Halliburton Energy Services has agreed to plead guilty to destroying evidence in connection with the 2010 Gulf oil spill, the Department of Justice said on Thursday.
Federal officials said in a news release that a criminal information charging Halliburton with one count of destruction of evidence was filed in federal court in Louisiana.
The Houston-based company has also made a $55 million voluntary contribution to the National Fish and Wildlife Foundation. It was not a condition of the court agreement, the news release says.
The company said in a statement on Thursday night that it had agreed to plead guilty “to one misdemeanour violation associated with the deletion of records created after the Macondo well incident, to pay the statutory maximum fine of $200,000 and to accept a term of three years probation.”
The Justice Department has agreed it will not pursue further criminal prosecution of the company or its subsidiaries for any conduct arising from the 2010 spill, Halliburton’s statement said, adding that federal officials have also “acknowledged the company’s significant and valuable cooperation during the course of its investigation.”
The plea agreement is subject to court approval, the company said.
According to the news release, Halliburton conducted its own review of the well’s design and construction after the blowout, and established a working group to review “whether the number of centralisers used on the final production casing could have contributed to the blowout.”
The casing is a steel pipe placed in a well to maintain its integrity.
Centralisers are metal collars attached on the outside of the casing. Centralisers can help keep the casing centred in the wellbore.
“Centralisation can be significant to the quality of subsequent cementing around the bottom of the casing,” the news release said.
Prior to the blowout, Halliburton had recommended to BP the use of 21 centralisers in the well, but BP decided to use six instead, the news release says.
Around May 2010, the news release says, the company directed a program manager to conduct two computer simulations of the Macondo well final cementing job “to compare the impact of using six versus 21 centralisers.”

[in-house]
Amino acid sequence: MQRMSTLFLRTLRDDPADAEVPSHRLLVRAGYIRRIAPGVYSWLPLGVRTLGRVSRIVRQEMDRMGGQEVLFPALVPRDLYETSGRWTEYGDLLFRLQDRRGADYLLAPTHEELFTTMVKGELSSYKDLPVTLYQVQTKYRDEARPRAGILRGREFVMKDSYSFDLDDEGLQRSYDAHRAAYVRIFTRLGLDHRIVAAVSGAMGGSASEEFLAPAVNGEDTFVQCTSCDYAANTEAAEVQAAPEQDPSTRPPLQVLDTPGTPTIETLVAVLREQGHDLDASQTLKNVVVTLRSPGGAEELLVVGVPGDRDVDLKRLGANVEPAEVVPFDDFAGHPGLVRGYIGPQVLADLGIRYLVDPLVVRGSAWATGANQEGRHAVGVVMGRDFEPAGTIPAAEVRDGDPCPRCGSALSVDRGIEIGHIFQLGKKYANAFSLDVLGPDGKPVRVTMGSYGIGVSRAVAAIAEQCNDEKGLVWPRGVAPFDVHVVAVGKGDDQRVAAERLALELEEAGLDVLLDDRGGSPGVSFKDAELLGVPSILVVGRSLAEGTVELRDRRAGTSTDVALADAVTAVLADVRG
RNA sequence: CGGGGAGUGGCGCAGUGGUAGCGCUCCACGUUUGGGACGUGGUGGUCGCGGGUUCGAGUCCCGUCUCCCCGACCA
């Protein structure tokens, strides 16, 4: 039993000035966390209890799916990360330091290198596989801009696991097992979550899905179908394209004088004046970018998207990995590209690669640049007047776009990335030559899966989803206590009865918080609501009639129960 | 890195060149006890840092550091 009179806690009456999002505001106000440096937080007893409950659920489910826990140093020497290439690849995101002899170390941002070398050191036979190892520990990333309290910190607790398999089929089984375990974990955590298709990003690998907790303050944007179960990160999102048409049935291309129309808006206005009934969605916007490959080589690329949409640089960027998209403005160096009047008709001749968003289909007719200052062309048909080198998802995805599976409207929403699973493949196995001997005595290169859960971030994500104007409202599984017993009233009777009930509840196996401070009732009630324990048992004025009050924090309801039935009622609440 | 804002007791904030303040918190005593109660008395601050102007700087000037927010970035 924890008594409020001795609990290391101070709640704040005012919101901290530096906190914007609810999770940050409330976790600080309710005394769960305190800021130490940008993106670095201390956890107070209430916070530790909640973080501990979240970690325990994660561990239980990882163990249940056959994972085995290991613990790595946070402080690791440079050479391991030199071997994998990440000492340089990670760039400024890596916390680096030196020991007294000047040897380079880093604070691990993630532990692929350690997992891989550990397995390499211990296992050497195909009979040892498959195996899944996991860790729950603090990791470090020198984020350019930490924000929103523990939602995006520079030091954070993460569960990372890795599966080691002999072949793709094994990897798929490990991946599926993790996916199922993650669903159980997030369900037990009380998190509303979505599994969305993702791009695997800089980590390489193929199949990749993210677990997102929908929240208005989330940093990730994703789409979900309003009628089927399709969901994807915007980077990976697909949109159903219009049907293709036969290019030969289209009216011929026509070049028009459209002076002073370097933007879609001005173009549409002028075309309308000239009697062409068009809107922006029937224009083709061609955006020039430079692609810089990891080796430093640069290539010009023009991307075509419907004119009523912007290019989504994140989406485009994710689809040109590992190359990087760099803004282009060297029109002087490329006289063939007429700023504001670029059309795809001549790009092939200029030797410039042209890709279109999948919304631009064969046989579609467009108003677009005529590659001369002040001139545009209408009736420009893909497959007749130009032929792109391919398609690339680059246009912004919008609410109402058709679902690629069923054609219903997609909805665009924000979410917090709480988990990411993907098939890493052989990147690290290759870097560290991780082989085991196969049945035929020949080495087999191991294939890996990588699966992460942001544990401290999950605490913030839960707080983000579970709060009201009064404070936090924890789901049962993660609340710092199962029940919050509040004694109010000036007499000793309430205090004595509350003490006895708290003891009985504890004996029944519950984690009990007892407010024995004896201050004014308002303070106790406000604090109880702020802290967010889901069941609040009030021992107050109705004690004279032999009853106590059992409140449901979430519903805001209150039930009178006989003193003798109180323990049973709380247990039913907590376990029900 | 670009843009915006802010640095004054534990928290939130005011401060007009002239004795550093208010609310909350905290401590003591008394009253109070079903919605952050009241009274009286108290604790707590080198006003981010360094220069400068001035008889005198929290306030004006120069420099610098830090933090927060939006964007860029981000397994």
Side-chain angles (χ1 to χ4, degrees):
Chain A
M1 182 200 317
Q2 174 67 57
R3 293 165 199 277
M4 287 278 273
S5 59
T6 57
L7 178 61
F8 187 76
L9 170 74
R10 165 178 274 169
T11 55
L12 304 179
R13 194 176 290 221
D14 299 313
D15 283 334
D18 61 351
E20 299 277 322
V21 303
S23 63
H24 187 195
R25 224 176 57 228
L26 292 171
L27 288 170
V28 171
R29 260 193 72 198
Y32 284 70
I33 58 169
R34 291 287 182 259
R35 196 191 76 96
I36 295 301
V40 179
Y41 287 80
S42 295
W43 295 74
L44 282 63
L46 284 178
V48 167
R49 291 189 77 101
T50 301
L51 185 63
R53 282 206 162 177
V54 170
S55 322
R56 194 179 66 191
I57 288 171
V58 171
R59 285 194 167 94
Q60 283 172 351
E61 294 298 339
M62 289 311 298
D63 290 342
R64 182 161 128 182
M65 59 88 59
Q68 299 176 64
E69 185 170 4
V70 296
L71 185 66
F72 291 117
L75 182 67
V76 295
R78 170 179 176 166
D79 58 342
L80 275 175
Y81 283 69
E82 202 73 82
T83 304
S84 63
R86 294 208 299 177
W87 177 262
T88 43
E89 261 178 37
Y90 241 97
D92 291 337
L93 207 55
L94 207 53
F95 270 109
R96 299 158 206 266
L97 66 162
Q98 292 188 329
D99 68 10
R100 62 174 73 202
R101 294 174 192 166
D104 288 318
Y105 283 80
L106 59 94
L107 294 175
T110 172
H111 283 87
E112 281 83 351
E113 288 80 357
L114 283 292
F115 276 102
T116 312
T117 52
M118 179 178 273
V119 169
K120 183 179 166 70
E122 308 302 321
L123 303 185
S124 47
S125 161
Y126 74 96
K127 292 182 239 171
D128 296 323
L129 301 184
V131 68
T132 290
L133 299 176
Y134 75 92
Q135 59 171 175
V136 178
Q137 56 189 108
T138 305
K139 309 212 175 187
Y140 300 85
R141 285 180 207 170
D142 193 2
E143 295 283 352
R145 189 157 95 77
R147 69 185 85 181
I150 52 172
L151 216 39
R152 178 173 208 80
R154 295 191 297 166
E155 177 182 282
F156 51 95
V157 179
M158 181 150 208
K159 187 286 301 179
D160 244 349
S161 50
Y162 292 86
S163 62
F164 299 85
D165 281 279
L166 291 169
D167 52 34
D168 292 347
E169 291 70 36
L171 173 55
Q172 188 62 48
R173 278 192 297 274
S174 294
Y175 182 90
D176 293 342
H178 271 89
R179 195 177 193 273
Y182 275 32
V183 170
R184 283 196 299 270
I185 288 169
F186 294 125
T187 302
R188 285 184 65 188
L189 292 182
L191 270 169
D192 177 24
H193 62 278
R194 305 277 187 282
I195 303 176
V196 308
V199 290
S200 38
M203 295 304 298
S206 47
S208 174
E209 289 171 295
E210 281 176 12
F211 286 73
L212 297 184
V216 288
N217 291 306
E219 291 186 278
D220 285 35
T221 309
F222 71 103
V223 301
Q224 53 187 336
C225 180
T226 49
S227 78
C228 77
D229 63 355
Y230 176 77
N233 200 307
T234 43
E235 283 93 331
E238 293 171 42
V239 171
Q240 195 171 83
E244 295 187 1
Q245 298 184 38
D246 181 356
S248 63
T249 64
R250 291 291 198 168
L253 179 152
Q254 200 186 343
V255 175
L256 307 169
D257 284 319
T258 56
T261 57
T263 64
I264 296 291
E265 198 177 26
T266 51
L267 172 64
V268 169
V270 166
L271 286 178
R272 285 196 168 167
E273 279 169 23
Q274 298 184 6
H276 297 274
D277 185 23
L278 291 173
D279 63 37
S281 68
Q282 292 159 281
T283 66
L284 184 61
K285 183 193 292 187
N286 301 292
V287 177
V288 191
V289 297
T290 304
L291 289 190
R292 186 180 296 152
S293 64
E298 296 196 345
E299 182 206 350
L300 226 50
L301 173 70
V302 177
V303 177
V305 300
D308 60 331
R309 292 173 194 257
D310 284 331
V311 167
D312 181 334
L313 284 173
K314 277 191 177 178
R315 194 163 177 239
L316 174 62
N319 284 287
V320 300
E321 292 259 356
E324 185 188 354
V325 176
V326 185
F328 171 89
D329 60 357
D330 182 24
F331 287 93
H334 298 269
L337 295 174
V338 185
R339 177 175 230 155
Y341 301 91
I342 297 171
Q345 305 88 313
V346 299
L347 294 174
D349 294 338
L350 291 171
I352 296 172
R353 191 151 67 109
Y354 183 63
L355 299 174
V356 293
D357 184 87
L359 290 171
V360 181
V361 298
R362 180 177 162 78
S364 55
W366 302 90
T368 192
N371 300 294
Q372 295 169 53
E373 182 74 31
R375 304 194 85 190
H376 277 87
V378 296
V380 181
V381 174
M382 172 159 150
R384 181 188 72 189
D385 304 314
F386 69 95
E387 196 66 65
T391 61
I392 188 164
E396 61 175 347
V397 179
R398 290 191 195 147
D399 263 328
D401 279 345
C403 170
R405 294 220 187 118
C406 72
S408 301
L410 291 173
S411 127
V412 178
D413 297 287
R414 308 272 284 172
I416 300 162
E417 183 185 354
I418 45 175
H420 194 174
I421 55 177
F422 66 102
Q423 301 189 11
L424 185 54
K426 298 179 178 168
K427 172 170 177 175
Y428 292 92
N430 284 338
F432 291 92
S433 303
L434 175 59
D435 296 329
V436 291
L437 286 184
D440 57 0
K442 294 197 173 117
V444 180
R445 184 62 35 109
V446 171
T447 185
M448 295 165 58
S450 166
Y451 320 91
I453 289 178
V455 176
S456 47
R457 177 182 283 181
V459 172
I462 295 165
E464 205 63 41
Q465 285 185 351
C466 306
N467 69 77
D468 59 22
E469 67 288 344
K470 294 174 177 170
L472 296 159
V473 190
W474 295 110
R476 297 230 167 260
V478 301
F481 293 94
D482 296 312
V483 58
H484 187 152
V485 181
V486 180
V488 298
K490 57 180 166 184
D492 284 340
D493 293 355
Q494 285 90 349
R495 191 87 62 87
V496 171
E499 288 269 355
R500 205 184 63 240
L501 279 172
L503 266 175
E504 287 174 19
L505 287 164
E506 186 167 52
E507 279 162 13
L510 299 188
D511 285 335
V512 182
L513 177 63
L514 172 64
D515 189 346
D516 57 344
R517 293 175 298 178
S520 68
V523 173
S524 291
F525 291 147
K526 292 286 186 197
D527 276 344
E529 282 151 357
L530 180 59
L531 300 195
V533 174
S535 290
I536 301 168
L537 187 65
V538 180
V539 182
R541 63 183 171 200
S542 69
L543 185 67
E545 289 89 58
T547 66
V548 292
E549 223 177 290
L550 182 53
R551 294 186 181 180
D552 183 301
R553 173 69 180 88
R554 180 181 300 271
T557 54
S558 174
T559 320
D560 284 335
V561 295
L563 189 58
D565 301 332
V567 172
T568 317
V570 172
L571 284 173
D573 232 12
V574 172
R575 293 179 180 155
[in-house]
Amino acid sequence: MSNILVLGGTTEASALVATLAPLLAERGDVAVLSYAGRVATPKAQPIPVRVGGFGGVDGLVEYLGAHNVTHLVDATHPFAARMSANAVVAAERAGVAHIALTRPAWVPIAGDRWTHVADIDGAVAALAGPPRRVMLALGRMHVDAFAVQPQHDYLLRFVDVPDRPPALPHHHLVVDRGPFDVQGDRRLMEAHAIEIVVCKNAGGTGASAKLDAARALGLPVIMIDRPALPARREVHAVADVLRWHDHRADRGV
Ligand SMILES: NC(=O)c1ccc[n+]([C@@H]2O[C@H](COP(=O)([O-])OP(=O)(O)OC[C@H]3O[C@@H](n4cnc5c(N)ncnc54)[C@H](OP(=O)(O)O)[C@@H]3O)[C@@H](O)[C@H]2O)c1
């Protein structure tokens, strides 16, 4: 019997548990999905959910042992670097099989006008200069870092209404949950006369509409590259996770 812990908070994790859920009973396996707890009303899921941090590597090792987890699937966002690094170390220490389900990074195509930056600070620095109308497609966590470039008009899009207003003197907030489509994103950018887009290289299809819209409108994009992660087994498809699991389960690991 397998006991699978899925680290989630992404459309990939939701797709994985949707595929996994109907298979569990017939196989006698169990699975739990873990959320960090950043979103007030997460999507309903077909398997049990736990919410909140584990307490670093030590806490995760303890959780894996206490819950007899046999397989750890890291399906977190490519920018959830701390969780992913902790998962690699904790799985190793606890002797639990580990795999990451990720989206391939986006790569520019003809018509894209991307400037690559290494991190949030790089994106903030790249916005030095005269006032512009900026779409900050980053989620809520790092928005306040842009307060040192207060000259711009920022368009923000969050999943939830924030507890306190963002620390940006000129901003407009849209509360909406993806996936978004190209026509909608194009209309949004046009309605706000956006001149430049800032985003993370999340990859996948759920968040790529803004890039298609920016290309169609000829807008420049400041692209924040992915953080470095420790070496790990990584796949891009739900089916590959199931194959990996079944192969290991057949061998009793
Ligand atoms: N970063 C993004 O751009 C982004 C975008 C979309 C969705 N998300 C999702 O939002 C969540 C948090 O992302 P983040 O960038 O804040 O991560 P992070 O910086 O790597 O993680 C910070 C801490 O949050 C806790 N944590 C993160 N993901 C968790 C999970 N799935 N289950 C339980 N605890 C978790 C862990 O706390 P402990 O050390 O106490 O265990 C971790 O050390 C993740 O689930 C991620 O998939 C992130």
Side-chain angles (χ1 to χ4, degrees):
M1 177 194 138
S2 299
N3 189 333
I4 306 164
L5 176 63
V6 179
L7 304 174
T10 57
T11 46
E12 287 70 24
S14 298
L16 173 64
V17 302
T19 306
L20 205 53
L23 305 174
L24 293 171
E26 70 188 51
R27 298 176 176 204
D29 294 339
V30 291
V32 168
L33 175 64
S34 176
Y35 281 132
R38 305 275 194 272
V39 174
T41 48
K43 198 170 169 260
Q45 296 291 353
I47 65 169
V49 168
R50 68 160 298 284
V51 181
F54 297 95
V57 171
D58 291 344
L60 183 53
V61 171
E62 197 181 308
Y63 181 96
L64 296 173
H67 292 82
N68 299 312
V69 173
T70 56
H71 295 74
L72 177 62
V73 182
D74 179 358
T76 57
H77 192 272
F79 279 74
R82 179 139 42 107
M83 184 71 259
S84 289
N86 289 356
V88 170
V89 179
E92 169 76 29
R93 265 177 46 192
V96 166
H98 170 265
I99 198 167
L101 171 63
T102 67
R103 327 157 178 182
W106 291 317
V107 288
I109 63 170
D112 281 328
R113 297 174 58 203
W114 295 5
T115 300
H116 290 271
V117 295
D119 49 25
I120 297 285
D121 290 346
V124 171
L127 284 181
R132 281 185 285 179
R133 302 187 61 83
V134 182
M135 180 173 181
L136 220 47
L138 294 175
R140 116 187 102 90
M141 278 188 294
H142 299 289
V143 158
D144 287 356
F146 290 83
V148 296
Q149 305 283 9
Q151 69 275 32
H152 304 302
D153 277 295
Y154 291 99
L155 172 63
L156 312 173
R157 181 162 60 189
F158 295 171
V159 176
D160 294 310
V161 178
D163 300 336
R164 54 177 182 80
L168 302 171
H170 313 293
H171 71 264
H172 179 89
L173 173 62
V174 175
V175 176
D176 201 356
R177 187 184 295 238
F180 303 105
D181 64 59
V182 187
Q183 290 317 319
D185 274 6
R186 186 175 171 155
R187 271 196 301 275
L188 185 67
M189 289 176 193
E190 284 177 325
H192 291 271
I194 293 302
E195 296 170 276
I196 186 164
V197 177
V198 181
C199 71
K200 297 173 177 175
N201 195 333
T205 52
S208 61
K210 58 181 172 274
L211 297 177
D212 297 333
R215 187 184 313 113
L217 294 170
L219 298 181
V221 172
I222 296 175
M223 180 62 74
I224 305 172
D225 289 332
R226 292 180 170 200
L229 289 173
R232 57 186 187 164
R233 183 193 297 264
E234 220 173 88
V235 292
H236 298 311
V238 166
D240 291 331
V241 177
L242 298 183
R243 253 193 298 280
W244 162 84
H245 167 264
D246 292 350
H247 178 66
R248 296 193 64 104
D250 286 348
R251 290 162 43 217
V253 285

The simulations indicated there was little difference between using six and 21 centralisers, but the program manager “was directed to, and did, destroy these results,” federal officials say.
Similar evidence was destroyed in a subsequent incident, in June 2010, the Justice Department said.
“Efforts to forensically recover the original destroyed Displace 3D computer simulations during ensuing civil litigation and federal criminal investigation by the Deepwater Horizon Task Force were unsuccessful,” the news release said. “In agreeing to plead guilty, Halliburton has accepted criminal responsibility for destroying the aforementioned evidence.”
In December 2011, BP asked a judge to sanction Halliburton for its handling of cement testing and Displace 3D modelling results. Halliburton claimed that its modelling results were “gone” and couldn’t be found, an explanation that BP attorneys said was “at a minimum, highly suspicious.”
“Purposefully destroying evidence because it is deemed to contain potentially unfavourable information that could benefit a litigation adversary is, by definition, ‘bad faith’ conduct,” they wrote in a court filing.
The plea agreement and criminal charge both arise from a criminal investigation by the Deepwater Horizon Task Force into the spill.
U.S. District Judge Carl Barbier in New Orleans recently presided over a trial in the matter and could decide how much more money BP, Halliburton and rig owner Transocean owe for their roles in the catastrophe.
During the spring trial, BP asked a federal judge to sanction Halliburton for allegedly destroying evidence about the role that its cement slurry design could have played in the blowout.
After the trial started on February 25, 2013, Halliburton discovered cement samples at a Lafayette laboratory that weren’t turned over to the Justice Department for testing after the spill. Halliburton lawyers called it a “simple misunderstanding” and accused BP of trying to create a “sideshow.”